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Exiles of the New York Times
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Author Topic: Movies  (Read 53033 times)
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Dzimas
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« Reply #420 on: June 08, 2007, 12:53:32 AM »

Deranged is more like it.  Anyone who takes such an active role in the Scientology Church has to have a couple loose screws.  I remember when Dennis Weaver went over the top with that thing, completely losing all sense of rationality.  There is something about that church that seems to drive its parishioners (if you can call them that) nuts.
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BorisBartenov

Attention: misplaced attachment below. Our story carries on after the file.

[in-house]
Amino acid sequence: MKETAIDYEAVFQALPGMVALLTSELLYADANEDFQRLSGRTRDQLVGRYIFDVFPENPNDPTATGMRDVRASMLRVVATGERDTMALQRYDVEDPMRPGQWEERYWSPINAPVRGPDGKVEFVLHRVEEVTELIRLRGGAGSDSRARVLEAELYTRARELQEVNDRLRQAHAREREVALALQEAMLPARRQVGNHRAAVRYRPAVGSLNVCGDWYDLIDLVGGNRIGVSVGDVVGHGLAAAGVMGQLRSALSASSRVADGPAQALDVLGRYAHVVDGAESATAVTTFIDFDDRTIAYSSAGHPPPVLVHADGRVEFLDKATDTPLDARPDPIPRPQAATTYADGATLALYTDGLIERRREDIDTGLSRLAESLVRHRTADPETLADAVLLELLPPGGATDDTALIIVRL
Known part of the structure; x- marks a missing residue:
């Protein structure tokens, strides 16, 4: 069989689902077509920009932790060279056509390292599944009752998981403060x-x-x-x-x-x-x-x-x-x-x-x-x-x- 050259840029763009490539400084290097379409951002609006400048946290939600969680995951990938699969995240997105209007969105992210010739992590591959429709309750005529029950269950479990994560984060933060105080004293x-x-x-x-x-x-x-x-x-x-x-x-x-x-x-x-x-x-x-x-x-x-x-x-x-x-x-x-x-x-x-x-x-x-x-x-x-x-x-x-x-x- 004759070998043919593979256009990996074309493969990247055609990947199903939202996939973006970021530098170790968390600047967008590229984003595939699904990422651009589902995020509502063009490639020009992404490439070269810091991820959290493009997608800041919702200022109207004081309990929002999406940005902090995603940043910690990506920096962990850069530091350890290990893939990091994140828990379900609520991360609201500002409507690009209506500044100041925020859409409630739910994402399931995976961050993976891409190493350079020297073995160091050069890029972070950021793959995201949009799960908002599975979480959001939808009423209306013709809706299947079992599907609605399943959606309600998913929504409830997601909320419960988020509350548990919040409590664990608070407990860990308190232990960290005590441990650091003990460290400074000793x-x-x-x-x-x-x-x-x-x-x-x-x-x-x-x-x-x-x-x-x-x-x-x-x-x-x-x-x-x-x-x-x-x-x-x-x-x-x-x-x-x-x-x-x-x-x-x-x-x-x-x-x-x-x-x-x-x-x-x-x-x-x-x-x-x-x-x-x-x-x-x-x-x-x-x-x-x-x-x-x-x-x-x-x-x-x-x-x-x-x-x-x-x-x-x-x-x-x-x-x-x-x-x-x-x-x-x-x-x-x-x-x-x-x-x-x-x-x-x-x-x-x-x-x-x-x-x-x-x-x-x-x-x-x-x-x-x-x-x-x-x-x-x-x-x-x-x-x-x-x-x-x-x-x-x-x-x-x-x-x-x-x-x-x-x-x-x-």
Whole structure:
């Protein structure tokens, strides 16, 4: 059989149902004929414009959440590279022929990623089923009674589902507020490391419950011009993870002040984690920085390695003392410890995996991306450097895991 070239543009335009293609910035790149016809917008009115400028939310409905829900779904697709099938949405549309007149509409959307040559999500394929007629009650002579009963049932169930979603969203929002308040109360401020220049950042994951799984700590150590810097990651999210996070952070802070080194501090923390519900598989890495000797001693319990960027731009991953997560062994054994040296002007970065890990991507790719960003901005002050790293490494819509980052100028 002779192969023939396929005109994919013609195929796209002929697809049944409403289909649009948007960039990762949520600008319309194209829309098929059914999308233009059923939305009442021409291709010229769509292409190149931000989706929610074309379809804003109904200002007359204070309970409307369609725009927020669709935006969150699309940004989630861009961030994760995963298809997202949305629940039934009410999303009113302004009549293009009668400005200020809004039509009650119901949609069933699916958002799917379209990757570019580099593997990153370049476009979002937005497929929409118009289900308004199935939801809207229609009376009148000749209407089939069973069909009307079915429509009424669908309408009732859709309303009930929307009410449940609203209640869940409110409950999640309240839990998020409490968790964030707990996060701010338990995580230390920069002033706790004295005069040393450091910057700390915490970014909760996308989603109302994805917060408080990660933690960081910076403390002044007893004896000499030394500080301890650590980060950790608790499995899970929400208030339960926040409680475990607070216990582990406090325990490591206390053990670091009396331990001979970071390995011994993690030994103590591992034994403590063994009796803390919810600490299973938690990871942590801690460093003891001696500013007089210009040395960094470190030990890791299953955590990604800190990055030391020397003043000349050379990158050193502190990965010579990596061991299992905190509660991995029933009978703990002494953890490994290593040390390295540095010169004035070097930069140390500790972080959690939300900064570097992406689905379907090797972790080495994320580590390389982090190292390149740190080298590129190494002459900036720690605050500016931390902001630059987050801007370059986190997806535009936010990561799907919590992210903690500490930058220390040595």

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« Reply #421 on: June 08, 2007, 09:34:54 AM »

Bot,

while I share your glum assessment of mainstream film, I must have found more of a twinkle in Mr. Brooks eye than you did.  You comment that the killing...

"is disturbingly taken almost for granted in this film in what I can only call an immoral way...."

struck me as amoral, rather than immoral.  Amoral, because Mr. Brooks really captures the notion of living in two worlds.  In one, killing is heinous, and the part of him that is anchored there is desperately seeking to stay there, do the 12 steps, and so on.  In the other, killing is what the inner psycho is hardwired to do, and morality is viewed much as the agnostic may view religion -- it's fine for most people, but I just can't get it to mesh at all with the way I work.